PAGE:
Koïchiro Matsuura of Japan was appointed by the Organization's General Conference on November 12 1999 to serve a six-year term as Director-General of UNESCO. Mr Matsuura, born in Tokyo in 1937, served as Ambassador of Japan to France from 1994 to 1999. He was educated at the Law Faculty of the University of Tokyo and at the Faculty of Economics of Haverford College (Pennsylvania, U.S.A.) and began his diplomatic career in 1959. Posts held by Mr Matsuura include those of Director-General of the Economic Co-operation Bureau of Japan's Ministry of Foreign Affairs (1988); Director-General of the North American Affairs Bureau, Ministry of Foreign Affairs (1990); Deputy Minister for Foreign Affairs. He also served as the Chairperson of UNESCO's World Heritage Committee for one year, until November 1999.
10. Irina Bokova (1952-)
The Director-General, elected for four years, was Ambassador of the Republic of Bulgaria to France and Monaco, Personal Representative of the Bulgarian President to the "Organisation Internationale de la Francophonie" and Permanent Delegate to UNESCO from 2005 to 2009.
Born in 1952, she obtained an MBA from the Moscow State Institute of International Relations and studied at the universities of Maryland and Harvard in the USA. During her long and distinguished career, she also served as Bulgaria's representative to the United Nations and as her country'’s Secretary of State for European integration and Foreign Minister. Ms Bokova has long promoted the transition to European integration. As Founder and Chairperson of the European Policy Forum, she worked to overcome divisions in Europe and promote the values of dialogue, diversity, human dignity and rights.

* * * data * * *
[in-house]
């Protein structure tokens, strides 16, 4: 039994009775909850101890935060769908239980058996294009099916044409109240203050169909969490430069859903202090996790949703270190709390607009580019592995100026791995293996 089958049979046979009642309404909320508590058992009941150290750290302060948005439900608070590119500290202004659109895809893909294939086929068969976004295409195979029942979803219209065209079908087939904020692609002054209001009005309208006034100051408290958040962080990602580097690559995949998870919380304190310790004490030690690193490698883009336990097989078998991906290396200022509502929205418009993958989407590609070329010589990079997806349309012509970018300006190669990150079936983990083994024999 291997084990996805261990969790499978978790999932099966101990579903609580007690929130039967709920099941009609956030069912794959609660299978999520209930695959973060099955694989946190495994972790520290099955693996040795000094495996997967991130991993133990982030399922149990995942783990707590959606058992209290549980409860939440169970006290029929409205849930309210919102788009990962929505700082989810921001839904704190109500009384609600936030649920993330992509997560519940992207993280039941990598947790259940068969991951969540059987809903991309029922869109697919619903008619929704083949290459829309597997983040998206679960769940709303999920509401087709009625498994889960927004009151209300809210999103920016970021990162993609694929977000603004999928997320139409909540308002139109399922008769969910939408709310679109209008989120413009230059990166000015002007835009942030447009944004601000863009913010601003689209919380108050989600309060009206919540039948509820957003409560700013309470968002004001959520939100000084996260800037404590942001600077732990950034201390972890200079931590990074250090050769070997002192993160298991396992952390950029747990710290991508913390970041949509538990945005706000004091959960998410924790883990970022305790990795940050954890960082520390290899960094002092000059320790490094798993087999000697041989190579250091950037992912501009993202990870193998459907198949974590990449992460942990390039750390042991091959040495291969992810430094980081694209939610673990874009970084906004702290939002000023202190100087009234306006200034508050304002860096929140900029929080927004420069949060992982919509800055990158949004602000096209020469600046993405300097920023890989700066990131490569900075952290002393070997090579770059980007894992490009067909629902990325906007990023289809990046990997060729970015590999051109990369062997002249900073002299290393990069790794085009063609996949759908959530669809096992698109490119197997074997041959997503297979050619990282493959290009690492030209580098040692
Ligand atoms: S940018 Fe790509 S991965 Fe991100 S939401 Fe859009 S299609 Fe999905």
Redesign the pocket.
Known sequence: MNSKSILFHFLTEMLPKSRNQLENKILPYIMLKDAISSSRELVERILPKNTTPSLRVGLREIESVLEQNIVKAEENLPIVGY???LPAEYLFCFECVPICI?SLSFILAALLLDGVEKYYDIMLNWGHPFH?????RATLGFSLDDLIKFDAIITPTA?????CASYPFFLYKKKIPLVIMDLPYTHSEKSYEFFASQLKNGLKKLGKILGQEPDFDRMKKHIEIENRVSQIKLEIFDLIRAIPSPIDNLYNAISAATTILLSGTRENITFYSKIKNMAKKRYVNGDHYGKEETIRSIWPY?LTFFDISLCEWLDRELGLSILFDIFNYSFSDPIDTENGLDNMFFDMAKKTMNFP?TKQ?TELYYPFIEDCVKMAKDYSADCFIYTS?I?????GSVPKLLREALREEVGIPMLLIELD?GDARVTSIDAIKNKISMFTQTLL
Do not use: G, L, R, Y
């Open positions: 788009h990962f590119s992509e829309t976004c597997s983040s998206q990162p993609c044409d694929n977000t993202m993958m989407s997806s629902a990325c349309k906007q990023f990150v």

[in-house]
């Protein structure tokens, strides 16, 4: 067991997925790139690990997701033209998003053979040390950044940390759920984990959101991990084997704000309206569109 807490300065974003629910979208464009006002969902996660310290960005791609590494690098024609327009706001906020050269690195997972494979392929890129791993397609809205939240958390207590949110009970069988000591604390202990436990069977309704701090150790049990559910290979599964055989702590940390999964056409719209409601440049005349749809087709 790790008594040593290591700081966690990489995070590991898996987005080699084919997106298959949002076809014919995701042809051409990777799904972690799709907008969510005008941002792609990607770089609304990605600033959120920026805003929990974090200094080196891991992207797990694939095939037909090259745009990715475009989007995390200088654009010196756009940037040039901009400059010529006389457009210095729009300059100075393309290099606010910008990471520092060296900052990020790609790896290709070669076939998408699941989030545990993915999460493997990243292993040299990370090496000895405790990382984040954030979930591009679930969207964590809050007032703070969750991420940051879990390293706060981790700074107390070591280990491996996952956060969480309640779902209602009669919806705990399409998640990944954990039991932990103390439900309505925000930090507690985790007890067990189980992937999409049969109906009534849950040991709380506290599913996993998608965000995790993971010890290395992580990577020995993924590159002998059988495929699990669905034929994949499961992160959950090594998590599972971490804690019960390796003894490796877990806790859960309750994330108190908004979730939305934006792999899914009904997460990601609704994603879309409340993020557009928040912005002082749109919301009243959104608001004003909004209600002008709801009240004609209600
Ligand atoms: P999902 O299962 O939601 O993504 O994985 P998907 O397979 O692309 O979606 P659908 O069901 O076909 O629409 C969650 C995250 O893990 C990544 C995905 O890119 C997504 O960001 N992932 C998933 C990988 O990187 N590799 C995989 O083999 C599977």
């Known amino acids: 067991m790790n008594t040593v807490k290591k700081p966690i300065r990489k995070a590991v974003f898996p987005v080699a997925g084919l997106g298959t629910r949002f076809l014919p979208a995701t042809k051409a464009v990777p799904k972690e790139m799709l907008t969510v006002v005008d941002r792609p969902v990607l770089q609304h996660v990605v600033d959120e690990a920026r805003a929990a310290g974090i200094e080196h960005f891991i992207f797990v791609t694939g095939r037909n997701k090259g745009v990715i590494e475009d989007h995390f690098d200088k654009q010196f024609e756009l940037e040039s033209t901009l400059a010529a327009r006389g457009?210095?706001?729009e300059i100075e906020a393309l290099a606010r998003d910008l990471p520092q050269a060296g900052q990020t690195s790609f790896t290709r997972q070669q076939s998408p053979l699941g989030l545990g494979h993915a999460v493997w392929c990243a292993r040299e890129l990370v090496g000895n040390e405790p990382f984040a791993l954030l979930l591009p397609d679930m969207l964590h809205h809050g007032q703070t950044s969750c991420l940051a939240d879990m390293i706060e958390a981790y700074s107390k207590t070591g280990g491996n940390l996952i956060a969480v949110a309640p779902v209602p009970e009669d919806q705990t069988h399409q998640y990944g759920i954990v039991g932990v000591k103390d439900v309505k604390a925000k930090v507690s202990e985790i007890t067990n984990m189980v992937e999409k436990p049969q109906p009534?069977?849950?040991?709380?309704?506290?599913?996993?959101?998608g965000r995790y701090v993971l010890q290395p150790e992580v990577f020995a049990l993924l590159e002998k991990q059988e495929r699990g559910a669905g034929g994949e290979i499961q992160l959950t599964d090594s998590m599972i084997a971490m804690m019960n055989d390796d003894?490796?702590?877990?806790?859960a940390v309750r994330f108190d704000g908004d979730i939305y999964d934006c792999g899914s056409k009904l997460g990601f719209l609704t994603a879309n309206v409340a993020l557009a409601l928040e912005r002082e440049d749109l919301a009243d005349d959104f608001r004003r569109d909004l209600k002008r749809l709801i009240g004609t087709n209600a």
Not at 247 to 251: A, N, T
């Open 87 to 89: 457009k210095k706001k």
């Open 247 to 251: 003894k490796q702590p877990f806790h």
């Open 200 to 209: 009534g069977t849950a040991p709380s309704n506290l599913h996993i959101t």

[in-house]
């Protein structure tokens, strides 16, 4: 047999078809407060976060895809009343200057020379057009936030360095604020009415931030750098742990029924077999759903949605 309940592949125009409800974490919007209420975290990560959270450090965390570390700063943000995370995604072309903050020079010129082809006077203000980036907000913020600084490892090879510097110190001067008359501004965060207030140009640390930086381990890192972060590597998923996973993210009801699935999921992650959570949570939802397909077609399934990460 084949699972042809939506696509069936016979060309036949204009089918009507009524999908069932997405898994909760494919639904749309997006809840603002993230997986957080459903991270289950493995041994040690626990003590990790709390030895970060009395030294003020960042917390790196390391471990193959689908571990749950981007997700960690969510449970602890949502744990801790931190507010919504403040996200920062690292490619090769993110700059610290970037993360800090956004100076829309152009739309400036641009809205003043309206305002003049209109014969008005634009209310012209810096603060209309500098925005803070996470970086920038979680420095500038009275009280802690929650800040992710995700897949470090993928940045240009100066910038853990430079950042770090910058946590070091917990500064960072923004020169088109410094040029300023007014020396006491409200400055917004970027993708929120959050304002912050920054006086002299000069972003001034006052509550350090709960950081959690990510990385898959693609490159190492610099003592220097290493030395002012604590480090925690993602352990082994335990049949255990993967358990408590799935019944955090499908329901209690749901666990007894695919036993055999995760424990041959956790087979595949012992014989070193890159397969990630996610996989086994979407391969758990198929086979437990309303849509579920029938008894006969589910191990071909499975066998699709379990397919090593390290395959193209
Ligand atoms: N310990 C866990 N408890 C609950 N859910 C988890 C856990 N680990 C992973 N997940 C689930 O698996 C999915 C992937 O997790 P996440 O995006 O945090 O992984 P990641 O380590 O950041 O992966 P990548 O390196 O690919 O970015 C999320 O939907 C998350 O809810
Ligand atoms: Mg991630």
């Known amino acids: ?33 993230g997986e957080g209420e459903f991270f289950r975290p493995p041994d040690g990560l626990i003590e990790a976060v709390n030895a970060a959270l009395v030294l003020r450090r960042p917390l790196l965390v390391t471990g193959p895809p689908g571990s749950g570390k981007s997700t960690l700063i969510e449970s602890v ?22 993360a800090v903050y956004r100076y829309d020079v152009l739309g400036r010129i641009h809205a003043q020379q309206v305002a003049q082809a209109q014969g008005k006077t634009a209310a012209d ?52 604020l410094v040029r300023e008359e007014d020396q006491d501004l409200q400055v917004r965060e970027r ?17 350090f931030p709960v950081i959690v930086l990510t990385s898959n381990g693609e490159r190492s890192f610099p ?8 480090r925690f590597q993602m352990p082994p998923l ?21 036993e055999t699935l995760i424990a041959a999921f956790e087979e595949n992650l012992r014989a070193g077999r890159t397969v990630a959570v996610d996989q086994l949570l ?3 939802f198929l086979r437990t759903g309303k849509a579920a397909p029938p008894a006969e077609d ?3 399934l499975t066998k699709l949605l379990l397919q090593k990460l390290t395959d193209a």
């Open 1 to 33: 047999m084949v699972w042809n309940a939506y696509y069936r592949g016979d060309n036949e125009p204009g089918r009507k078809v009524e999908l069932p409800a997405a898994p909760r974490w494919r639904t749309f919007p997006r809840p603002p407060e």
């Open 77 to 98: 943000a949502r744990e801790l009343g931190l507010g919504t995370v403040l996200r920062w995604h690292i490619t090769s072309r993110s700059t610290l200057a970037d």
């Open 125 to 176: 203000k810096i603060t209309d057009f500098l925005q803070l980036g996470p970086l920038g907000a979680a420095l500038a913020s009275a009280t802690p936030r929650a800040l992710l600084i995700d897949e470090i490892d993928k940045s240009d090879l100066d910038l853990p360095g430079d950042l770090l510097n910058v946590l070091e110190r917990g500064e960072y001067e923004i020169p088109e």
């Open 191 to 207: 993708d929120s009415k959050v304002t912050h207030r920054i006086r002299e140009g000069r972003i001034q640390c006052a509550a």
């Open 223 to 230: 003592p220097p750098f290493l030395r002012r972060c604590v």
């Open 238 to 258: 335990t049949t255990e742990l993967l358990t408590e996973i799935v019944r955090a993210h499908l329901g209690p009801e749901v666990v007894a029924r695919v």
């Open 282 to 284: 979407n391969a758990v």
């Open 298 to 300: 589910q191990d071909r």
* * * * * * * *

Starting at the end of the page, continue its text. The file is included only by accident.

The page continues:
11. Audrey Azoulay
The General Conference of UNESCO appointed Audrey Azoulay (France) to the post of Director-General of the Organization on November 10, 2017. Ms Azoulay was nominated on 13 October to take the place of outgoing Director-General Irina Bokova (Bulgaria) by UNESCO’s Executive Board.
Born in 1972, Ms Azoulay was France’s Minister of Culture and Communication from February 2016 to May 2017. She has occupied senior positions in France’s public broadcasting sector and then served as rapporteur to France’s public auditing authority, the Cour des comptes, and as a European Commission legislative expert on issues of culture and the media.
Ms Azoulay served France’s National Cinema Centre (CNC), first as Deputy Audiovisual Director, then as Director of Financial and Legal Affairs, and finally as Deputy Director-General. She is a graduate of the Ecole Nationale d’Administration and the Paris Institut d’études politiques. Ms Azoulay also holds a Masters degree in Business Administration from the University of Lancaster (UK).
Ms Azoulay is the 11th Director-General of UNESCO and the second woman to occupy this position. She took office on 15 November.